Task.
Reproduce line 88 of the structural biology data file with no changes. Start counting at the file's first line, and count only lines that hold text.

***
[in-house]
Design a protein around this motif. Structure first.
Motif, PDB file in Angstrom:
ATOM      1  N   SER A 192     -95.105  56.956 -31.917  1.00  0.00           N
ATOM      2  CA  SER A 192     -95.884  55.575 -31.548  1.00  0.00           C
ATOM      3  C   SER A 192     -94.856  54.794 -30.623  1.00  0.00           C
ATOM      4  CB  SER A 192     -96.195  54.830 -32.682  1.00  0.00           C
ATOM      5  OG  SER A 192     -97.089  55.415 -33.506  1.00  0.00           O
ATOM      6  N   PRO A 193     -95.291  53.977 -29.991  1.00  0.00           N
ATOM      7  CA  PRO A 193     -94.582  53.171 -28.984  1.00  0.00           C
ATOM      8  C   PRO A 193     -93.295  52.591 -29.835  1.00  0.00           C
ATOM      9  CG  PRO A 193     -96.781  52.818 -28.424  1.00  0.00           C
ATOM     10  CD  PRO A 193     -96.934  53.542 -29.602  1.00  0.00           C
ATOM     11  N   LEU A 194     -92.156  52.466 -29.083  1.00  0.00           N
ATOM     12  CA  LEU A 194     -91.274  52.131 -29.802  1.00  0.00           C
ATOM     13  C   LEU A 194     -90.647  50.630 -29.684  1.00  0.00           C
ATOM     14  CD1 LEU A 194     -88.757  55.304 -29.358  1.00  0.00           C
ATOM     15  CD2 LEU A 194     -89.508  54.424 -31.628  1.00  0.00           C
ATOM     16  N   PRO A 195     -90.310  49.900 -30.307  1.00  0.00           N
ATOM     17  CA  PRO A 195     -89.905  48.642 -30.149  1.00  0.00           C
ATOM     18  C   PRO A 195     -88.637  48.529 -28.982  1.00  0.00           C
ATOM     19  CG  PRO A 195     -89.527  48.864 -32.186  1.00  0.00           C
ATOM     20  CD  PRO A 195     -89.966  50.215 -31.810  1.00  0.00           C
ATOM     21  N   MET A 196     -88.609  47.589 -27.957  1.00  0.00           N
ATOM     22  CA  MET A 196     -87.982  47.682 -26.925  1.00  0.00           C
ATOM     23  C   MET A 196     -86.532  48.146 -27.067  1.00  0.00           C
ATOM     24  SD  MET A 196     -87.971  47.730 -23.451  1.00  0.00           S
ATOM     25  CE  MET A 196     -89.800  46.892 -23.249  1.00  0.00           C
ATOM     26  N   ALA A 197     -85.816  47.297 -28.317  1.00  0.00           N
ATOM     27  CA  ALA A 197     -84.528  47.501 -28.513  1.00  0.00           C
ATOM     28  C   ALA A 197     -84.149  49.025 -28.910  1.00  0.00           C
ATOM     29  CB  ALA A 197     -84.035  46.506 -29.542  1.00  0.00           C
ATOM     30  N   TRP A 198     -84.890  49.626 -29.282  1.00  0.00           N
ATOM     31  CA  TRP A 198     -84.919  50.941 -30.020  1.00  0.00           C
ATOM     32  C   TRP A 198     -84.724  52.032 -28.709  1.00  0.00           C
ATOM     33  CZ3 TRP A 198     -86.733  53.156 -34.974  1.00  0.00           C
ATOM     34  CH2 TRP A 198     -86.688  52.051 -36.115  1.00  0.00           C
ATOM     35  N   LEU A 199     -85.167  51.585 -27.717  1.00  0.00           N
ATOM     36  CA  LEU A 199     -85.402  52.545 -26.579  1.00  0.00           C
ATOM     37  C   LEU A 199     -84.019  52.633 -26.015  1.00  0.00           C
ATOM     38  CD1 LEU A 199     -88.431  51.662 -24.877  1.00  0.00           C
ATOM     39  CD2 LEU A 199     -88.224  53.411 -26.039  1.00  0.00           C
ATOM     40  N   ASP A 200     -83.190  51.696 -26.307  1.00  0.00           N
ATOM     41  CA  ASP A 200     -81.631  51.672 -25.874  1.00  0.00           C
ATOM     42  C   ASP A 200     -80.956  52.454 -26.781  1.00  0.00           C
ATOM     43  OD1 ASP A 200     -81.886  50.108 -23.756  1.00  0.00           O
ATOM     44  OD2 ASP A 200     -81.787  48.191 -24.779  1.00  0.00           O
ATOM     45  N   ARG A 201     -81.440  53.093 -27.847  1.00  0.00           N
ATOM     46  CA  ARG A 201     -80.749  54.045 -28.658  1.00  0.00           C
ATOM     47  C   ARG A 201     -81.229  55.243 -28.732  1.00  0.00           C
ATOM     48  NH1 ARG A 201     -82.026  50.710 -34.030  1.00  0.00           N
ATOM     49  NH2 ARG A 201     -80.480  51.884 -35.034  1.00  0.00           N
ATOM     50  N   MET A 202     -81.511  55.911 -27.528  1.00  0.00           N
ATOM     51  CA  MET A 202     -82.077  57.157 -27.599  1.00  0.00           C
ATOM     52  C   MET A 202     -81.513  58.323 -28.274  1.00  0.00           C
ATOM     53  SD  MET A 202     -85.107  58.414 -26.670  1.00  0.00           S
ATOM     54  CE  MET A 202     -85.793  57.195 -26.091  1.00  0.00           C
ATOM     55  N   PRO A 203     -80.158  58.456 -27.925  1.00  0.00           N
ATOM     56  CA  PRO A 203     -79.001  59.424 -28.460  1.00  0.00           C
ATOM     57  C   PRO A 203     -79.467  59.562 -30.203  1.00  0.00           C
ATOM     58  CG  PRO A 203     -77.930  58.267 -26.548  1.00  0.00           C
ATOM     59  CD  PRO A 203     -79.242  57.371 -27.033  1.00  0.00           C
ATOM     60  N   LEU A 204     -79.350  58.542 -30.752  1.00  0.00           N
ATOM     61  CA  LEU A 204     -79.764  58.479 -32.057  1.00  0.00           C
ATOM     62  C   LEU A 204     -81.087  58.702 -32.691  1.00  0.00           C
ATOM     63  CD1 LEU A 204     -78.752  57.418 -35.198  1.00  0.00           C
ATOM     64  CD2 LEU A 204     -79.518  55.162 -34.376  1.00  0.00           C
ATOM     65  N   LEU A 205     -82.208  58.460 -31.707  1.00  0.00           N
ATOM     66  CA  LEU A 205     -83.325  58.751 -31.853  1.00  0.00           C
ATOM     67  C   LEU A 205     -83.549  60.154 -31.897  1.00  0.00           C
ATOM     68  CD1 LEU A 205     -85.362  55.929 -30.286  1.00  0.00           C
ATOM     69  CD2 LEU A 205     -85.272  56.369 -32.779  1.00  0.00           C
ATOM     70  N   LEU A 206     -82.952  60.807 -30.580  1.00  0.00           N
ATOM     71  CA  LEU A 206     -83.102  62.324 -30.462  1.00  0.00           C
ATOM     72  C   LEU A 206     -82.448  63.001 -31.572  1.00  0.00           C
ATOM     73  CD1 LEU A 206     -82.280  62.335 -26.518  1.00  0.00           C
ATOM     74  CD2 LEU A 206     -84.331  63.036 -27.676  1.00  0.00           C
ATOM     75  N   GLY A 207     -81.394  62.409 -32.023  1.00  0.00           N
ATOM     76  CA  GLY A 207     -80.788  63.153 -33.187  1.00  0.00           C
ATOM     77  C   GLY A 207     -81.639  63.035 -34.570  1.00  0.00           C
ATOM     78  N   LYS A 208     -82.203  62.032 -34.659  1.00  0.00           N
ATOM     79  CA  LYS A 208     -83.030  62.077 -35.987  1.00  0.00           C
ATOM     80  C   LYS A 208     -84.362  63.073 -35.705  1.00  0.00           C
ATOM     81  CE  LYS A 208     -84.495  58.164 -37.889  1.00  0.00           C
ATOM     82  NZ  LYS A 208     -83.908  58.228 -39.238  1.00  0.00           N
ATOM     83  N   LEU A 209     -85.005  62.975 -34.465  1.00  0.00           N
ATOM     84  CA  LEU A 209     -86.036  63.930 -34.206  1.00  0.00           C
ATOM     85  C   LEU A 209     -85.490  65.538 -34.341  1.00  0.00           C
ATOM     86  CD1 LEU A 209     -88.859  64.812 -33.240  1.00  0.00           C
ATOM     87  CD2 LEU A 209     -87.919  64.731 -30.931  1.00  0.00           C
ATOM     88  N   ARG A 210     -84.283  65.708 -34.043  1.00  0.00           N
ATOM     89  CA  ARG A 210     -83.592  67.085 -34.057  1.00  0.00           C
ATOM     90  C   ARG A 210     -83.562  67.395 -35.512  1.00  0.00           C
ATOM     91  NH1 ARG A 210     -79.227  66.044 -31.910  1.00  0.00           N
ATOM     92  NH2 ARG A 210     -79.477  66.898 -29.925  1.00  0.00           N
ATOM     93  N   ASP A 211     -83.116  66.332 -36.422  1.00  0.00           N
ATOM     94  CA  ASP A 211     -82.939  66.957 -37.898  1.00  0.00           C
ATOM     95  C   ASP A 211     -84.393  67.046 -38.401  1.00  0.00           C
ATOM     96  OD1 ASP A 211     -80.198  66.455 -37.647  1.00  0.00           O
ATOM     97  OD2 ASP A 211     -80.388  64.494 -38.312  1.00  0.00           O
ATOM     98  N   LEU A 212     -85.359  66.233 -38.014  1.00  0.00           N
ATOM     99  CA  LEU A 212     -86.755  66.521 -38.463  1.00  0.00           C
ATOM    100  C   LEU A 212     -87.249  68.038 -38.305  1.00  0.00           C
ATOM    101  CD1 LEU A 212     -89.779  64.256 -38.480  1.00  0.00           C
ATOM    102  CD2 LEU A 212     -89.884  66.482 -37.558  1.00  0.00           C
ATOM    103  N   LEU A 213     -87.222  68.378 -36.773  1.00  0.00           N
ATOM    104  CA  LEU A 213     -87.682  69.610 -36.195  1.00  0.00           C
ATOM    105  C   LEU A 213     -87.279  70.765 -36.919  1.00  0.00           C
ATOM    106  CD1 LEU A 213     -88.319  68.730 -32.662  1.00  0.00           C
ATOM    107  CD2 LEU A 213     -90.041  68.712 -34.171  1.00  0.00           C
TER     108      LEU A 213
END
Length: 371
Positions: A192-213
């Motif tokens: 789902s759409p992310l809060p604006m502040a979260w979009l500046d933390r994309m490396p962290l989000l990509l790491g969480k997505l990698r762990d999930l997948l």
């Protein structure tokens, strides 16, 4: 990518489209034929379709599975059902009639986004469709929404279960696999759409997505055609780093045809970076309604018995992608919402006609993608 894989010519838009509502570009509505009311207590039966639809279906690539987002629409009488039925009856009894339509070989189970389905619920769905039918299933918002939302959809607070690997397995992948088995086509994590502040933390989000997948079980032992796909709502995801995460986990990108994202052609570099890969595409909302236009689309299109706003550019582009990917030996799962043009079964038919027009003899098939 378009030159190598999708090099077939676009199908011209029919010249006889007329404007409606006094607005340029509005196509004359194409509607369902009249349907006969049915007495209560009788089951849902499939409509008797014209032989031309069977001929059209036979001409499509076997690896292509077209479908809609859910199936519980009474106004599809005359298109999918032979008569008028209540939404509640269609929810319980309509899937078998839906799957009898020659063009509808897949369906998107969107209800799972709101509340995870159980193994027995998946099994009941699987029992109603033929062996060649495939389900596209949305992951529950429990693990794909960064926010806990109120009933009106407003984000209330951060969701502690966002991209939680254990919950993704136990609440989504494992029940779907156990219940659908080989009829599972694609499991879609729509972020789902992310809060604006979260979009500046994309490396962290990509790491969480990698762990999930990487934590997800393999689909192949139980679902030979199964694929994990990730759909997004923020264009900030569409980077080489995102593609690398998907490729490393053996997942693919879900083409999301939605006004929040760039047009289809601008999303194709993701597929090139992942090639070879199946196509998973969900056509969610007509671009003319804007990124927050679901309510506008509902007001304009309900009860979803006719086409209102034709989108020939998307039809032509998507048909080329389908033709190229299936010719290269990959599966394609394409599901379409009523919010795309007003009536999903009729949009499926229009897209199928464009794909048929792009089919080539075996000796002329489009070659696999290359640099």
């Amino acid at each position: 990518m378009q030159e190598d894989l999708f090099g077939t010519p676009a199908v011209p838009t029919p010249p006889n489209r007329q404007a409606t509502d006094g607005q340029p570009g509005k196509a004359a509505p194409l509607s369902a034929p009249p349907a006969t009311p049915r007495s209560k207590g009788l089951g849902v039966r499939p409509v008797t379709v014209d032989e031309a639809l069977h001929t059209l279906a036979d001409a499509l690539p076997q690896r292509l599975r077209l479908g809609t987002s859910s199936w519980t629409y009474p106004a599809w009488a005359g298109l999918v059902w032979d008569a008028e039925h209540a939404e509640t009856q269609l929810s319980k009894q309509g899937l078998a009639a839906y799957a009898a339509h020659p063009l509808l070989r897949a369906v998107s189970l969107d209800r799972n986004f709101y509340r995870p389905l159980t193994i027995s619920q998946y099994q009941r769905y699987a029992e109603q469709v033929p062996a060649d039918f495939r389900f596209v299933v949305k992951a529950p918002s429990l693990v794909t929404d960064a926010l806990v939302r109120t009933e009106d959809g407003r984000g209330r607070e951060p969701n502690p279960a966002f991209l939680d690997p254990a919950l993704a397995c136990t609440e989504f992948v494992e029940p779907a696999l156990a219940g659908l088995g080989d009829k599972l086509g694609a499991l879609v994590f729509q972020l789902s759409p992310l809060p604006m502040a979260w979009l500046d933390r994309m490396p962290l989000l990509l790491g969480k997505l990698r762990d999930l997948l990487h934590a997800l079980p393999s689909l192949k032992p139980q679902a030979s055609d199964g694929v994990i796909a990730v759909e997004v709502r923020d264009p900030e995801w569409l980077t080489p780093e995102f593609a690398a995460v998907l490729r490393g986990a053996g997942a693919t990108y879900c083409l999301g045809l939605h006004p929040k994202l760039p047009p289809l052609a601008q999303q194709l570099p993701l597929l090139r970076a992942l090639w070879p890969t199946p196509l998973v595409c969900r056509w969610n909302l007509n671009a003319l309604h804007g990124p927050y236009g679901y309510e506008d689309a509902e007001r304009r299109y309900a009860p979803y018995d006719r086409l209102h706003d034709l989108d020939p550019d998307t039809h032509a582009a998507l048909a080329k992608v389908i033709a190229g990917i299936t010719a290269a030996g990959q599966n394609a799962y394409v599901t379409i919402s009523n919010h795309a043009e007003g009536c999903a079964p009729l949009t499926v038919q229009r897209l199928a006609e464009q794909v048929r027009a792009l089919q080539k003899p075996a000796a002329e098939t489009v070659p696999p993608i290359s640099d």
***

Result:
ATOM     85  C   LEU A 209     -85.490  65.538 -34.341  1.00  0.00           C